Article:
What is so bad about sugar?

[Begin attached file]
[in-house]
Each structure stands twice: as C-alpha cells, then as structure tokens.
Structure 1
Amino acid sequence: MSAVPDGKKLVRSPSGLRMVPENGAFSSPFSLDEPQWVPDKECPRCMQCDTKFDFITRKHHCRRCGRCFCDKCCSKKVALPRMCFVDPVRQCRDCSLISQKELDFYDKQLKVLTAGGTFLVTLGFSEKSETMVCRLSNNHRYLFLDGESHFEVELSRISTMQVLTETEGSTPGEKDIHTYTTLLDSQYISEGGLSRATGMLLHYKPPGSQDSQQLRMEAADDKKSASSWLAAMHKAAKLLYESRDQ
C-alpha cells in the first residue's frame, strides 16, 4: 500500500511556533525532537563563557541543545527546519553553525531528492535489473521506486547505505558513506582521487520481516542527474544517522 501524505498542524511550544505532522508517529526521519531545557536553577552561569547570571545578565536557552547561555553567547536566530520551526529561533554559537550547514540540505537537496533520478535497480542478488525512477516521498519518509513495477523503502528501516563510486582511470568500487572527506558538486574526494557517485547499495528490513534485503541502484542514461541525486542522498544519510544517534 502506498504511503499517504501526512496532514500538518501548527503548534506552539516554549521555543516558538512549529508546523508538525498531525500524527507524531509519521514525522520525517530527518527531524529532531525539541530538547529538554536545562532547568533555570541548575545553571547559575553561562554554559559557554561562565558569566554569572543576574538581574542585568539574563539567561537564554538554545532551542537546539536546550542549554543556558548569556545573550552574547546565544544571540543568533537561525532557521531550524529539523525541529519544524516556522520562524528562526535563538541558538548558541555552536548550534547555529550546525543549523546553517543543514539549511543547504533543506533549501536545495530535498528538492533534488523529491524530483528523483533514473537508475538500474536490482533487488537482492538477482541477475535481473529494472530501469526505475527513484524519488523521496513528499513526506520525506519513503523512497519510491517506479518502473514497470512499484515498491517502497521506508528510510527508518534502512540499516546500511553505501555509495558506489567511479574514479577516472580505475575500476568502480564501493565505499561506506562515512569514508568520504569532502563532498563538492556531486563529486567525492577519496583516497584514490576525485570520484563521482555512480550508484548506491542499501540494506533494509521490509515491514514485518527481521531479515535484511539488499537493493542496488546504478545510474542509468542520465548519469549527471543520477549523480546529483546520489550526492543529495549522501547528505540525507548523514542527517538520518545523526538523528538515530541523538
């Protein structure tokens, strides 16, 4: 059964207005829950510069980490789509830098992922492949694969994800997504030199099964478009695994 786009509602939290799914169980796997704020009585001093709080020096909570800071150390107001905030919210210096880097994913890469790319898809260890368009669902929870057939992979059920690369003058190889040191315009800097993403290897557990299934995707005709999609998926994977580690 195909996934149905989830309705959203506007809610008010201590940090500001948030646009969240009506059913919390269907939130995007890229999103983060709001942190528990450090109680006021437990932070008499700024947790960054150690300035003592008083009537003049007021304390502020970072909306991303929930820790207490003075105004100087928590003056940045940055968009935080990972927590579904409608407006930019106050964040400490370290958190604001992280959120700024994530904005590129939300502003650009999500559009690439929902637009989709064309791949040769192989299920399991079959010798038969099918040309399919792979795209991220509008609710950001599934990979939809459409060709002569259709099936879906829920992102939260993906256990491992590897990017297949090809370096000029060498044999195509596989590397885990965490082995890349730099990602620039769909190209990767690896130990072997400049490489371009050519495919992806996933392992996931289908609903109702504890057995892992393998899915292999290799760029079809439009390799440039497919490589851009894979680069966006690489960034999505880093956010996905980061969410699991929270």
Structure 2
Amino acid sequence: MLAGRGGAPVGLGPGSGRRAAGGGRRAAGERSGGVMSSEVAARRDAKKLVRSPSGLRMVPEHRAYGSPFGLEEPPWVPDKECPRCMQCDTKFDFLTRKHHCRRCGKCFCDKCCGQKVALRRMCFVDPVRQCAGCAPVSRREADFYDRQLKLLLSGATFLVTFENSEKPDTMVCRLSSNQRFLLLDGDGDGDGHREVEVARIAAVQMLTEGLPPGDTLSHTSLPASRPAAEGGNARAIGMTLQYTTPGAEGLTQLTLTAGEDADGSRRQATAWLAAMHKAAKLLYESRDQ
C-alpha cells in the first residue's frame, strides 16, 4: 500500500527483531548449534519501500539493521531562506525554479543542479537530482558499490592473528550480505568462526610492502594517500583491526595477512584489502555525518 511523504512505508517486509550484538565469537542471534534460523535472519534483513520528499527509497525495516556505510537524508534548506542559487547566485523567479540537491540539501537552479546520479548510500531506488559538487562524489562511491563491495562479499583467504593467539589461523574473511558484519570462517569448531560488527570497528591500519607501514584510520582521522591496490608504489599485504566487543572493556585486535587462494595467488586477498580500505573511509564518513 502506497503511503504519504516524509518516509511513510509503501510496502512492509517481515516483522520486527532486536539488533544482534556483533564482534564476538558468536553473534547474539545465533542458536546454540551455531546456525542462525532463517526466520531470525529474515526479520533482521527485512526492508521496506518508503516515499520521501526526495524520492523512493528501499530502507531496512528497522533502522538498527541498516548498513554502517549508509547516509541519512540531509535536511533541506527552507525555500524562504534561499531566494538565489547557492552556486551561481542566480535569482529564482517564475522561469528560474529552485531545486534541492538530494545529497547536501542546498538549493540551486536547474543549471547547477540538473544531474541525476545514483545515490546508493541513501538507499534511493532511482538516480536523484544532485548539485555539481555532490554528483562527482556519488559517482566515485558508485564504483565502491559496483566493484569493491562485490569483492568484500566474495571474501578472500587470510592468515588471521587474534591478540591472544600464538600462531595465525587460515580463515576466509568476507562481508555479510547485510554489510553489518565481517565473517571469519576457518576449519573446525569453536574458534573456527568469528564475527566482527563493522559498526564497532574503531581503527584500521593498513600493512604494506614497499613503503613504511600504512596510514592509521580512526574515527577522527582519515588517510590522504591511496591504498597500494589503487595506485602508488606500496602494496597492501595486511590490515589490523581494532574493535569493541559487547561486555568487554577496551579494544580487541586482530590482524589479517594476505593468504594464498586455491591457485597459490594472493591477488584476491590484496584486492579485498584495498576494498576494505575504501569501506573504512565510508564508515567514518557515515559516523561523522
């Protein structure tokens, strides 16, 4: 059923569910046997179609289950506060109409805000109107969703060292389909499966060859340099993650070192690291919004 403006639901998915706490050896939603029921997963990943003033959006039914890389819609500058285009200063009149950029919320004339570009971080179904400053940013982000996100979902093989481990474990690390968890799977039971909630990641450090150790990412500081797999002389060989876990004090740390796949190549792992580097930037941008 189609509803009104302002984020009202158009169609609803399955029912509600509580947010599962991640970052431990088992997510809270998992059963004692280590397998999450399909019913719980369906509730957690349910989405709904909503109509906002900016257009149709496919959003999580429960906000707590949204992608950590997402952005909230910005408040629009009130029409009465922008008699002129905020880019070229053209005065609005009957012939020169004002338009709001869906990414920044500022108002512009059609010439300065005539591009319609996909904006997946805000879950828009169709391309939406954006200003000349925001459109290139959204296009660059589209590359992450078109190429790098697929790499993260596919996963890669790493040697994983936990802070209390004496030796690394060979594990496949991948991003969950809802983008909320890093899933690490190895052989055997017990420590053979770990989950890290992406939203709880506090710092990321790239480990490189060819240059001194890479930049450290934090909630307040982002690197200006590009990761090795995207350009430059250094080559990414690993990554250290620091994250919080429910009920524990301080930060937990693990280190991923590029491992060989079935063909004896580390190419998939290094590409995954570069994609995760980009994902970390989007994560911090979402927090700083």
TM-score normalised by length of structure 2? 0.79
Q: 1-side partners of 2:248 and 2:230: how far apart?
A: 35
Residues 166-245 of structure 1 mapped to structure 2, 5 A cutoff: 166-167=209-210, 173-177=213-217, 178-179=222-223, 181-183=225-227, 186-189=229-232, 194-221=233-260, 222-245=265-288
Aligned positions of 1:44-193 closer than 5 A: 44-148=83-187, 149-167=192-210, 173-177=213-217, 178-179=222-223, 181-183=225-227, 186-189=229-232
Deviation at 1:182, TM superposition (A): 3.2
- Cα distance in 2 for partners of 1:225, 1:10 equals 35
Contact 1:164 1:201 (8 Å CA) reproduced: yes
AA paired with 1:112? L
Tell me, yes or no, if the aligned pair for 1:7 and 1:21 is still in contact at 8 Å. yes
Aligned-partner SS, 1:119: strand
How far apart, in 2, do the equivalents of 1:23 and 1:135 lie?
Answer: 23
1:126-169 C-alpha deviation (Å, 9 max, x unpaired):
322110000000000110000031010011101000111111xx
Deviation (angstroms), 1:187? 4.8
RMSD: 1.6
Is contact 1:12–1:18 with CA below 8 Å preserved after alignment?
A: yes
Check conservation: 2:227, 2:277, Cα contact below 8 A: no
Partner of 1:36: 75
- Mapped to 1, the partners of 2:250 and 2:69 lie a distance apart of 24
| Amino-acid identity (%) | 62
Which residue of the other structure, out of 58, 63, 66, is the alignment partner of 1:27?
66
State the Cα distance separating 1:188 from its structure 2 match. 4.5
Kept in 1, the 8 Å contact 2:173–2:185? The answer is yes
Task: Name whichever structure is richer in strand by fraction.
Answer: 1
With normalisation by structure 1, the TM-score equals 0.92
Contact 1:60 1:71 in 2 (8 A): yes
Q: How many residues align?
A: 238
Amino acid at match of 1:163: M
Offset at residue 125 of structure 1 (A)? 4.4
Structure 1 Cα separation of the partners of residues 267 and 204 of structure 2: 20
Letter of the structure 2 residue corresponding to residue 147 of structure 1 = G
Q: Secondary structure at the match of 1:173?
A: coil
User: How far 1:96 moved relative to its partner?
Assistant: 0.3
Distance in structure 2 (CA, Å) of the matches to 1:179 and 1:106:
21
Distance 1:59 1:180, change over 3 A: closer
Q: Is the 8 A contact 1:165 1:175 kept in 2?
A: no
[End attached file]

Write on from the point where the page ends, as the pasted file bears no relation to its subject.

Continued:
Â Sugar is a natural sweetener thatâs been enjoyed by people for many centuries. Why has itÂ suddenly become a âforbiddenâ food? What is so bad about sugar? Cane sugar has been receiving a lot of bad press lately with the natural sweetener being blamedÂ for everything from obesity to an increased risk for lifestyle diseases such as type 2 diabetes, heartÂ disease, stroke, and some types of cancer. Some have gone as far as calling sugar the ânew tobaccoâ, claiming that itâs toxic and addictive. Registered consulting dietician Judith Johnson helps unpack the sugar issue: How much sugar is too much sugar? This depends on your health. If you suffer from insulin resistance, metabolic syndrome, fatigue orÂ just have belly fat, then any sugar is too much sugar. Insulin resistance is a condition in which the cells of the body become resistant to the hormoneÂ insulin.Â Metabolic syndrome is a cluster of conditions â a high blood sugar level, excess belly fat,Â high blood pressure and high cholesterol levels â that occur together and increase your risk of heartÂ disease, diabetes and stroke. If youâre healthy, normal weight, exercising and feel energised overall then you can handle smallÂ amounts of sugar, e.g. only 1/2 to 1 tsp sugar in your tea or a few chocolate squares. What does sugar do to my body? When simple sugars are ingested, the body secretes insulin to get these sugars into our cells. If thisÂ process continues repeatedly, it can cause insulin resistance, leading to belly fat and metabolicÂ complications. So only few, slow-releasing carbohydrates should be eaten. Examples are quinoa, brown basmatiÂ rice, millet, buckwheat, starchy vegetables and fruits with their skin on. Healthy fat and proteinÂ should replace simple sugars in the diet if you want to maintain stable blood sugar levels. Is sugar really physically addictive as some studies suggest? Sugar is not âaddictiveâ in the sense that drugs are, but sugar cravings are very real and withdrawingÂ from sugar can leave you feeling cranky and tired if not handled correctly. This is because too much sugar causes an imbalance in our brain biochemistry, blood glucose andÂ gut health, reducing our âfeel goodâ brain chemicals. This in turn makes us crave more sugar to feelÂ better. What do you think of the new âlite sugarsâ that contain polydextrose? What is this and is it OK toÂ eat? Polydextrose, commonly known as xylitol, is a âlite sugarâ thatâs less sweet than cane sugar and hasÂ fewer calories. It doesnât produce big changes in blood sugar and most studies have found it safe. Plus, it wonât cause tooth decay! How can people easily/gently wean themselves off sugar? It is tricky to wean yourself off sugar gently. The best approach is to stay away completely but replace it with good fats and protein foods. AsÂ soon as you let your blood glucose levels drop youâll start craving sugar. Most people crave sugar mid-morning, late afternoon or late evening and this is usually becauseÂ their previous meal didnât contain enough fat and protein to keep them full and satisfied. What is your take on sugar and ADHD? We know that the brain needs hormones like GABA, endorphins, serotonin and dopamine/norepinephrine to enable us to focus and feel relaxed and happy. These hormones are derived from essential fatty acids and proteins which we get mainly from fish,Â eggs, grass fed animals and other sources of beneficial fats. By eating sugar and refined carbohydrates, we are eating empty calories, which then replace theÂ calories available from these fats and proteins in the diet. Sugar-containing foods are often found together with colourants and flavourants which are wellÂ known to worsen the symptoms of ADHD, so itâs worth removing sugar and refined carbohydratesÂ and see if your child responds well.